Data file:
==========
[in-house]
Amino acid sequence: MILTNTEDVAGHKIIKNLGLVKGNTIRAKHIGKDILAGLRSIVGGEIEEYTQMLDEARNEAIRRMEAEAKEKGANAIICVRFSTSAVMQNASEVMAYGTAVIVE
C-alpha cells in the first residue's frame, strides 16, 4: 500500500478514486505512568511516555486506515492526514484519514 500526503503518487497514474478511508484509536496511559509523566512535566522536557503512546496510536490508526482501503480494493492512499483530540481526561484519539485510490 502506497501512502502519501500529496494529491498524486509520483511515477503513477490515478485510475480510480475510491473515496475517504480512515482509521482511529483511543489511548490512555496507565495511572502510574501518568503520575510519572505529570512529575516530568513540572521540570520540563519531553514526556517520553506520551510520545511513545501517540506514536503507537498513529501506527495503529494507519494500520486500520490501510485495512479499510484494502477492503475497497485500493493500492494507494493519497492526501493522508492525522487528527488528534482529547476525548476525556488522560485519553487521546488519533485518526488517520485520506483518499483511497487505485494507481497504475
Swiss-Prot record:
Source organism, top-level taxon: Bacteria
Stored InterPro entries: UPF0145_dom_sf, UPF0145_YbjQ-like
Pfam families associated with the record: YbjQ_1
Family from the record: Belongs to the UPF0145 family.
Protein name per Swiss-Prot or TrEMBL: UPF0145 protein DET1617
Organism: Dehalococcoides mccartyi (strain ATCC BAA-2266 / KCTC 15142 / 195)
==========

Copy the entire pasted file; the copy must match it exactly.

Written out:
[in-house]
Amino acid sequence: MILTNTEDVAGHKIIKNLGLVKGNTIRAKHIGKDILAGLRSIVGGEIEEYTQMLDEARNEAIRRMEAEAKEKGANAIICVRFSTSAVMQNASEVMAYGTAVIVE
C-alpha cells in the first residue's frame, strides 16, 4: 500500500478514486505512568511516555486506515492526514484519514 500526503503518487497514474478511508484509536496511559509523566512535566522536557503512546496510536490508526482501503480494493492512499483530540481526561484519539485510490 502506497501512502502519501500529496494529491498524486509520483511515477503513477490515478485510475480510480475510491473515496475517504480512515482509521482511529483511543489511548490512555496507565495511572502510574501518568503520575510519572505529570512529575516530568513540572521540570520540563519531553514526556517520553506520551510520545511513545501517540506514536503507537498513529501506527495503529494507519494500520486500520490501510485495512479499510484494502477492503475497497485500493493500492494507494493519497492526501493522508492525522487528527488528534482529547476525548476525556488522560485519553487521546488519533485518526488517520485520506483518499483511497487505485494507481497504475
Swiss-Prot record:
Source organism, top-level taxon: Bacteria
Stored InterPro entries: UPF0145_dom_sf, UPF0145_YbjQ-like
Pfam families associated with the record: YbjQ_1
Family from the record: Belongs to the UPF0145 family.
Protein name per Swiss-Prot or TrEMBL: UPF0145 protein DET1617
Organism: Dehalococcoides mccartyi (strain ATCC BAA-2266 / KCTC 15142 / 195)